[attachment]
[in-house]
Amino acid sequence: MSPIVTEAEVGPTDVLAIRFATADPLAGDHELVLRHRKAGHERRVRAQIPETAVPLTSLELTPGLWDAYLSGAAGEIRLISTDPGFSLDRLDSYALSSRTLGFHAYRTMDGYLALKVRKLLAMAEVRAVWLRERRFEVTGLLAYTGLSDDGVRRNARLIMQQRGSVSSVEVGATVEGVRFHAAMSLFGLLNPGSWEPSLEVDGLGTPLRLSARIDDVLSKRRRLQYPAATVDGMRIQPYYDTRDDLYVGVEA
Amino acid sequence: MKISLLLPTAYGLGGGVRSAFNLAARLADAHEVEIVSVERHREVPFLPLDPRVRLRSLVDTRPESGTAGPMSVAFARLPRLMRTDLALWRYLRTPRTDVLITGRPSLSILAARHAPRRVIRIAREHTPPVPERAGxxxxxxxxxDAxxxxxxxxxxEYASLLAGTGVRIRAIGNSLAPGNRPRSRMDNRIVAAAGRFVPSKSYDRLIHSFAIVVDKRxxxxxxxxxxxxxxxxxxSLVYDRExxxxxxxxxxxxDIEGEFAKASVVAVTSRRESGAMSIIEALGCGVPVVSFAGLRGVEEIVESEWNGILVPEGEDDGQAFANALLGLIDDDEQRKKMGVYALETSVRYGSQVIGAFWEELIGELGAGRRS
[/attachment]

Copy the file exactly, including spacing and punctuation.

[in-house]
Amino acid sequence: MSPIVTEAEVGPTDVLAIRFATADPLAGDHELVLRHRKAGHERRVRAQIPETAVPLTSLELTPGLWDAYLSGAAGEIRLISTDPGFSLDRLDSYALSSRTLGFHAYRTMDGYLALKVRKLLAMAEVRAVWLRERRFEVTGLLAYTGLSDDGVRRNARLIMQQRGSVSSVEVGATVEGVRFHAAMSLFGLLNPGSWEPSLEVDGLGTPLRLSARIDDVLSKRRRLQYPAATVDGMRIQPYYDTRDDLYVGVEA
Amino acid sequence: MKISLLLPTAYGLGGGVRSAFNLAARLADAHEVEIVSVERHREVPFLPLDPRVRLRSLVDTRPESGTAGPMSVAFARLPRLMRTDLALWRYLRTPRTDVLITGRPSLSILAARHAPRRVIRIAREHTPPVPERAGxxxxxxxxxDAxxxxxxxxxxEYASLLAGTGVRIRAIGNSLAPGNRPRSRMDNRIVAAAGRFVPSKSYDRLIHSFAIVVDKRxxxxxxxxxxxxxxxxxxSLVYDRExxxxxxxxxxxxDIEGEFAKASVVAVTSRRESGAMSIIEALGCGVPVVSFAGLRGVEEIVESEWNGILVPEGEDDGQAFANALLGLIDDDEQRKKMGVYALETSVRYGSQVIGAFWEELIGELGAGRRS